This newest initiative is the latest in a long list of goals that Labor Department chief Phyllis Borzi and Treasury secretary Mark Iwry have been working toward to improve retirement plans. Borzi has stated publicly that she wants to improve income options for retirees. See: Phyllis Borzi tightens the noose on 401(k) providers that flout DOL disclosure, not without critics.
“They are both concerned, at a policy perspective, that participants are at risk of running out of money in retirement,” says Fred Reish, attorney with Philadelphia-based Drinker Biddle & Reath LLP. “For example, there are studies that show that, if a participant retires at 65 and withdraws 6% or 7% from their IRAs or plan accounts, many will exhaust their money before they die. The policy makers are deeply disturbed by the idea of large numbers of 80 and 90 year-old retirees being left destitute or nearly so.”
Checks on balances
Alfred also thinks that the annuities will be priced fairly inside retirement plans that are under ERISA rules and scrutinized by institutional investors.
“It’s all about how things are actually implemented. When most people think of annuities they are really thinking of overpriced products sold by sales people. Fidelity has annuities that are really low costs. At an institutional level, Prudential can offer annuities at a much lower cost than what most people think of annuities. It still seems the greater risk is a participant leaves their firm and hands all of their money over to someone who ends up being a Madoff and it’s gone.” See: How Glenn Neasham lost his house, was forced to go on food stamps and faces jail time after selling a senior an indexed annuity.
This was always the thinking behind the defined benefit plans that 401(k) plans have come to replace over the years — that the mission critical job of making sure people don’t outlive their savings not be left to capricious free market forces.
Fund companies and insurance companies will be quick off the mark to craft annuity products, says Michael Francis, president and chief investment officer of Francis Investment Counsel LLC in Brookfield, Wis., which works with 70 401(k) plans whose assets range from $70 million to $100 million.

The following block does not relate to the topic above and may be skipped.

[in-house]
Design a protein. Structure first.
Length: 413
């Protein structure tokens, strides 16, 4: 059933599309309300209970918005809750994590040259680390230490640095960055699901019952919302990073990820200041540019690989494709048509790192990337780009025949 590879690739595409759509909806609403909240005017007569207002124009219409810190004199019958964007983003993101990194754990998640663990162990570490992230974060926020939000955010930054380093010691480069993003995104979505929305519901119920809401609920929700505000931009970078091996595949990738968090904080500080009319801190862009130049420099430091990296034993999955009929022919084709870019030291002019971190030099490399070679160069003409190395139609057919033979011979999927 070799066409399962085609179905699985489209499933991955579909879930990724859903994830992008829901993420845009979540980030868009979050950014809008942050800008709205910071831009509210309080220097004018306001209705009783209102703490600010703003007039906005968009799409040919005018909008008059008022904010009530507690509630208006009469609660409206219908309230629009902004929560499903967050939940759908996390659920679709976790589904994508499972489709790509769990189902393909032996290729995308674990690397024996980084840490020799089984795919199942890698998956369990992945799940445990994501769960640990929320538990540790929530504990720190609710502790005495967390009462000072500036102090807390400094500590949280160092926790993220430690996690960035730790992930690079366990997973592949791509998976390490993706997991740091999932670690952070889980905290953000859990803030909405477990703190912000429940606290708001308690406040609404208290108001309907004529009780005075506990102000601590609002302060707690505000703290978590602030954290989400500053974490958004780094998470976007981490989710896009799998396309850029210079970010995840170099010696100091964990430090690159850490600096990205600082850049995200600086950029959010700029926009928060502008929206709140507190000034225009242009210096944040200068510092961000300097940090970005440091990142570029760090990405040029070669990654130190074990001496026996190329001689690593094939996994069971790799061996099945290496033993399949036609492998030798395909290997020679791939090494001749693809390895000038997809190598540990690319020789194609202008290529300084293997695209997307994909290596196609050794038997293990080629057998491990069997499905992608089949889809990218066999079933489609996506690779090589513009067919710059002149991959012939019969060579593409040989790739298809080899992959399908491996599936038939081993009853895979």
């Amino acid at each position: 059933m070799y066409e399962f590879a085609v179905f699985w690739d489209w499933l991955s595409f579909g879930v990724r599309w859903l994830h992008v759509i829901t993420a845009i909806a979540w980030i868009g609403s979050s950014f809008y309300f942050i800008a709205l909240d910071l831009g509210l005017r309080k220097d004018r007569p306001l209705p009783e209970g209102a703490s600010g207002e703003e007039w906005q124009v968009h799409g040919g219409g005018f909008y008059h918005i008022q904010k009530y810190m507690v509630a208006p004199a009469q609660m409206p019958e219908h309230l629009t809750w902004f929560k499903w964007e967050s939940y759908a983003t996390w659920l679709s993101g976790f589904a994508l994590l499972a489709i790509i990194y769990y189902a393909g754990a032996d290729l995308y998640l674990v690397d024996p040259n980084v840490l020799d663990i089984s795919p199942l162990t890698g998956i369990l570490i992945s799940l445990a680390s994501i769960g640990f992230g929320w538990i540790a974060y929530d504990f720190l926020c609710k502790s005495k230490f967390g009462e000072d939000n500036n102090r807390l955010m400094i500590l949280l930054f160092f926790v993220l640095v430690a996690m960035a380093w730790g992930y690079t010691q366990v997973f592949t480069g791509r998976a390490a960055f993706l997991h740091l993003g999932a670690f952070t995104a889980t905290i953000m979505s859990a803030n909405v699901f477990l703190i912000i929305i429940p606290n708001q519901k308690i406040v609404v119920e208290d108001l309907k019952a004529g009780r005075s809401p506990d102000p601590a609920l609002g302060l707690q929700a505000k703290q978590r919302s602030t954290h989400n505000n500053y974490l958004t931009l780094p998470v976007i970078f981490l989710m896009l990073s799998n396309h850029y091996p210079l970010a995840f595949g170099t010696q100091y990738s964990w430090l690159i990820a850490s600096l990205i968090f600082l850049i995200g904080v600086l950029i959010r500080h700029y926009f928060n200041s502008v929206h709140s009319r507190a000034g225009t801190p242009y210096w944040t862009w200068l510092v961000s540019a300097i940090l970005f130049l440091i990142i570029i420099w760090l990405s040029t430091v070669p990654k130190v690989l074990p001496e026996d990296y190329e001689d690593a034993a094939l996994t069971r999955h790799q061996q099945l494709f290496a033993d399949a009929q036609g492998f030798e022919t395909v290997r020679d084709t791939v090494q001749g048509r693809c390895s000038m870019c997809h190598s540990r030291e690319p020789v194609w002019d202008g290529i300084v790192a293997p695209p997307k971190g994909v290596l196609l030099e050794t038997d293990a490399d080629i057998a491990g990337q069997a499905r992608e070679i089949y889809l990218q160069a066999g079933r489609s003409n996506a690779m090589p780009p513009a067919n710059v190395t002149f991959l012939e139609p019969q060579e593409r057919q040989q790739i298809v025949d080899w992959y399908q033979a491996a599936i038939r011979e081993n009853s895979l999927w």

Although Francis is cautious about annuities, he thinks the industry can get a number of problems associated with them ironed out to make these products work in retirement plans.
For instance, Francis sees the issue of cost being managed by evolving industry standards. Annuities in the range of 100 to 150 basis points will likely be considered fair depending on what types of options they offer.
“I believe there is a real demand and interest for these lifetime income solutions, he says. “The question becomes can product manufacturers create products that will be portable to folks when they move companies and can folks get comfortable with the credit risk of certain insurance companies.”
Portability has been a major hurdle for annuities inside retirement plans. But Francis thinks insurance companies and fund companies may partner to mobilize these products and that industry standards will be created to make the products more portable. See: Not without criticism, TD Ameritrade opens an 'insurance agency’ for RIAs that want to provide annuities.
“People still remember insurance companies going out of business. So, that part of the puzzle is pretty easily solved by using a consortium of insurance companies to back the products and give that peace of mind,” he says.
It will be crucial that the investment manager overseeing the 401(k) plan have no financial connection to the companies providing the annuities, says Francis.
“If I were building this product, I’d be negotiating with top-tier insurance companies and ask who wants to get tens of billions of assets and a bunch of hands will go up and it’s a bidding war. Some companies like Vanguard may even come in and they’d be pushing that cost-button pretty hard.” See: What led to Vanguard allowing its 401(k) plan sponsors to shop around for non-Vanguard target-date funds.
Having annuities in a 401(k) plan is a wise idea, says Bob Reynolds, chief executive of Great-West Life, who thinks that the insurance companies will craft competitive offers. See: Bob Reynolds strikes again in his 401(k) quest — this time buying JPMorgan’s retirement recordkeeping business.
“I think it’ll be like any other investment,” he says. “You’ll know how much money you’re going to get. You will understand when the annuity starts to kick in.”
While some have argued that annuities are complex, Reynolds thinks these instruments will be easy for consumers to understand.
“I think it becomes relatively simple. At what age do you want this type of fixed income and here’s how much it costs based on your current age?” See: Why I use target date funds for some 401(k) clients in my RIA but with exaggerated scrutiny and care.